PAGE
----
Optical and SEM images of real-life soldering problems reveal specific features identifying the condition.

Some solderability issues can be seen and inspected, and some are hidden from view under components. Visible problems include tombstoning of small components, missing components, shorted pins or lifted pins in gullwing components. BGAs and QFNs (quad flat no leads) hide their soldering issues well, requiring x-ray inspection. Shorts are relatively easy to detect, but open pads in QFNs and cracked balls or head-in-pillow (HiP) balls in BGAs are not always detectable. In 2-D x-ray often components of the other side of the substrate can hide the region of interest.

Many techniques are available, each with strengths and weaknesses. X-ray imaging detects solder bridges, missing solder and voids, but is not so good at detecting cracked solder (FIGURE 1). Acoustic microscopy detects delamination inside a component and bowing but cannot see a cracked BGA ball because the BGA substrate has too much absorption. Failure analysis techniques are good at detecting excess current because that generates heat or light. When it comes to opens, since there is no signal, there is no telltale signature. One needs to resort to electrical tests for continuity if possible, or do dye and pry or cross-sections, which are both destructive. SQUID (superconducting quantum interference device) analysis is very expensive and difficult to interpret.

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Figure 1. a) Cross-section optical image of a ball separated on the board side. The viewing direction for optical microscopy (before cross-section) is indicated by the arrow. b) Cross-section SEM image of a ball separated on the component side.

In Figure 1a, along the edge of the package, the solder wraps around the edge of the solder pad, hiding the crack from view. Meanwhile, in the cross-section SEM image in Figure 1b, even if optical inspection had been possible, the crack is hidden by the solder mask. Encapsulation epoxy has been used to prepare these parts for cross-section. The epoxy expands during curing, opening existing cracks. Before encapsulation, the cracks were most likely closed, remaining hidden to x-ray examination.

Black pad is a corrosion of the surface of the Ni layer during gold plating in ENIG (electroless nickel immersion gold).1 This causes the growth of a thin Ni3P layer, which prevents formation of the intermetallic layer during soldering. The consequences are poor wetting and a weak solder joint. The corrosion can be uneven across the board, with areas more affected than others. Black pad is recognized before soldering or on pads with separated solder joints by characteristic mud cracks visible in SEM imaging or by cross-sections and high-magnification imaging.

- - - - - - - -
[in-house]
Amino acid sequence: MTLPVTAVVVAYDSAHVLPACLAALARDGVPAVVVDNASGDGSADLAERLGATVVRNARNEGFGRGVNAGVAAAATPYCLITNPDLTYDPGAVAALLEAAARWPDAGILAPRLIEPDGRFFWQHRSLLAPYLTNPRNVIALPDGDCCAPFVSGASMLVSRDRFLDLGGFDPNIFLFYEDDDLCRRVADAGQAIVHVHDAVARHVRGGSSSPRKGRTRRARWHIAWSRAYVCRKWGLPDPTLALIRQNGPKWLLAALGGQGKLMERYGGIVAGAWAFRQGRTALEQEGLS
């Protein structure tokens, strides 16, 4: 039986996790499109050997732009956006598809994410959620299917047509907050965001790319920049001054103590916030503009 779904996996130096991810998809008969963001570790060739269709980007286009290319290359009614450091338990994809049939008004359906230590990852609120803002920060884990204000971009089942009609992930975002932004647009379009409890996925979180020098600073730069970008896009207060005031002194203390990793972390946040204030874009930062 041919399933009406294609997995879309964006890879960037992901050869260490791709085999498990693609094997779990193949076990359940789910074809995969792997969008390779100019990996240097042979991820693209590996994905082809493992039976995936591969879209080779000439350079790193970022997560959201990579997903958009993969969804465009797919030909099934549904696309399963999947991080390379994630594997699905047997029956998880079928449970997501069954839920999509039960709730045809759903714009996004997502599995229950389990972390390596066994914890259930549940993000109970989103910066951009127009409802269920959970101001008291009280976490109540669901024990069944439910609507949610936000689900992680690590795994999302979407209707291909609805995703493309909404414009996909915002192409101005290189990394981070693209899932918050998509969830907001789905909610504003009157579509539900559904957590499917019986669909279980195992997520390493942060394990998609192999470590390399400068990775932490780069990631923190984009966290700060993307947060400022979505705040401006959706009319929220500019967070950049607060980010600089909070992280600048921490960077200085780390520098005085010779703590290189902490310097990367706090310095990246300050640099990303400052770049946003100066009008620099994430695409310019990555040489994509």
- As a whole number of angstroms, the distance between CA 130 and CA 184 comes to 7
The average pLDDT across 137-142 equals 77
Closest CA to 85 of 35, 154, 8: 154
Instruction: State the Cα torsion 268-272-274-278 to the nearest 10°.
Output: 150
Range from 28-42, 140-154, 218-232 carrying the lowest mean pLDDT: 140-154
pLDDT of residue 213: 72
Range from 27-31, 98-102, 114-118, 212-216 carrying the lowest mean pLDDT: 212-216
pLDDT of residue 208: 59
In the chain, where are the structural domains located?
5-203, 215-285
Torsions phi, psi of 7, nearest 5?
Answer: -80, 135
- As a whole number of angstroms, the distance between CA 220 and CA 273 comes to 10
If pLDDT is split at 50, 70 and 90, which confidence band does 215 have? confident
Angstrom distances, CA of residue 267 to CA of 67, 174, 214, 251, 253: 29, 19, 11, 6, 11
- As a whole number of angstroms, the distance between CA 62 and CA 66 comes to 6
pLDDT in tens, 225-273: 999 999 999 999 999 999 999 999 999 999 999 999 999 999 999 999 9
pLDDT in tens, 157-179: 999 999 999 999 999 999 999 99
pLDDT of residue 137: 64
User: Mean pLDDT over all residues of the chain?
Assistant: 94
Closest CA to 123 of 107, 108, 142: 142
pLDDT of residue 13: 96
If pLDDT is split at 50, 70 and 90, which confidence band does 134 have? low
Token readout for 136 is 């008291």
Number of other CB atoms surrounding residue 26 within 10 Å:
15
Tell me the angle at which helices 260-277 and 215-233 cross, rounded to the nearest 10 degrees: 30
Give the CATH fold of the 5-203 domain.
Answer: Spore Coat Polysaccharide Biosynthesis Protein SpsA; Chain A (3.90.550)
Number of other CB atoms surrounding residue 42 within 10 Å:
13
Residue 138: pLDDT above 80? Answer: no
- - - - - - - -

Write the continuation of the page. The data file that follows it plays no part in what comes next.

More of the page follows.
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Figure 2. Cross-section of solder pad affected with black pad. The Ni3P layer is less than a micrometre thick and shows cracks.

Black pad is often detected as a root cause after assembly when failures occur. Yet there is no need to wait for the “autopsy” before the diagnostic of a “disease” is done. The characteristic signature of black pad is visible on a bare board. Although boards with black pad cannot be “cured,” they can be removed, avoiding the expense of an assembly doomed to failure.

Black pad on bare boards. In extreme cases black pad gives a dark appearance to solder pads, hence its name. When exposed to a humid environment, nickel corrosion can progress and cause blistering on the pads (FIGURE 3).

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Figure 3. Black pad affected board exposed to humidity. a) Optical cross-section image across a blister bubble. b) Plan-view SEM image of another region of the same part. Mud cracks are very visible in SEM because they are coated with the ENIG gold plating layer. They are also visible in the optical cross-section, once one is acquainted with their appearance. The blue arrow in (a) points to such a crack.

The main issue with optical microscopy is the lack of depth of field at high magnification. A small tilt or curvature of the sample and focus is lost. It has the advantage, on the other hand, of showing colors. In SEM imaging, there is very poor contrast between Cu and Ni, but depth of field is not an issue. Mud cracks do show well, as seen in FIGURE 4, but they are very small and can be missed if one does not know what to look for.

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Figure 4. SEM cross-section image of a board affected by black pad. A string of mud cracks is visible at the interface between the gold layer and nickel. They have the appearance of little black dots at this magnification.